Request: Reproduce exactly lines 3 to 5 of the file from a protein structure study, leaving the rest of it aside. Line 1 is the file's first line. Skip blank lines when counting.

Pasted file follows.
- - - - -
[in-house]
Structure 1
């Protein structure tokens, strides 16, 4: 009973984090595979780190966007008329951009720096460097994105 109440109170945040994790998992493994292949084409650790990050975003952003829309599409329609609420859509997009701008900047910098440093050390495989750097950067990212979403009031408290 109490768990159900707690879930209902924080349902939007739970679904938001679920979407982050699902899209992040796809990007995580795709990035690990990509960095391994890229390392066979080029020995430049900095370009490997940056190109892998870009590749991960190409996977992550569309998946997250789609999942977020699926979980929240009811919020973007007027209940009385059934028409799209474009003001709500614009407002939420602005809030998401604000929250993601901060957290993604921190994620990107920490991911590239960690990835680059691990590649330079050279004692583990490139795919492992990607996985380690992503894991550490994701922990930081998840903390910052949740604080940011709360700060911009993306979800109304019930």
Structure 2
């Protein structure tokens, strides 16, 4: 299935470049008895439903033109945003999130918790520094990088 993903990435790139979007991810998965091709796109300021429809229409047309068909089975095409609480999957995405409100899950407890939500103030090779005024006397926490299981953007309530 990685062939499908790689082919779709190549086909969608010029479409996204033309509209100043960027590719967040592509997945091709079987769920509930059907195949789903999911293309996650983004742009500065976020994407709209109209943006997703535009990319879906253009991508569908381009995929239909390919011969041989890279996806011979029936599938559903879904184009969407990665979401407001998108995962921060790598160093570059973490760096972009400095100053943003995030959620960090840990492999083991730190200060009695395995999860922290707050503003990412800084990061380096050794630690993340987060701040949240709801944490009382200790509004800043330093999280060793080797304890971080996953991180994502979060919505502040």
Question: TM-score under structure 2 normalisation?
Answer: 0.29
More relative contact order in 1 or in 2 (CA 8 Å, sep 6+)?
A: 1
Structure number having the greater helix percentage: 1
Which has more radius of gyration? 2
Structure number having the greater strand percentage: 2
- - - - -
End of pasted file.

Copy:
């Protein structure tokens, strides 16, 4: 009973984090595979780190966007008329951009720096460097994105 109440109170945040994790998992493994292949084409650790990050975003952003829309599409329609609420859509997009701008900047910098440093050390495989750097950067990212979403009031408290 109490768990159900707690879930209902924080349902939007739970679904938001679920979407982050699902899209992040796809990007995580795709990035690990990509960095391994890229390392066979080029020995430049900095370009490997940056190109892998870009590749991960190409996977992550569309998946997250789609999942977020699926979980929240009811919020973007007027209940009385059934028409799209474009003001709500614009407002939420602005809030998401604000929250993601901060957290993604921190994620990107920490991911590239960690990835680059691990590649330079050279004692583990490139795919492992990607996985380690992503894991550490994701922990930081998840903390910052949740604080940011709360700060911009993306979800109304019930």
Structure 2
């Protein structure tokens, strides 16, 4: 299935470049008895439903033109945003999130918790520094990088 993903990435790139979007991810998965091709796109300021429809229409047309068909089975095409609480999957995405409100899950407890939500103030090779005024006397926490299981953007309530 990685062939499908790689082919779709190549086909969608010029479409996204033309509209100043960027590719967040592509997945091709079987769920509930059907195949789903999911293309996650983004742009500065976020994407709209109209943006997703535009990319879906253009991508569908381009995929239909390919011969041989890279996806011979029936599938559903879904184009969407990665979401407001998108995962921060790598160093570059973490760096972009400095100053943003995030959620960090840990492999083991730190200060009695395995999860922290707050503003990412800084990061380096050794630690993340987060701040949240709801944490009382200790509004800043330093999280060793080797304890971080996953991180994502979060919505502040």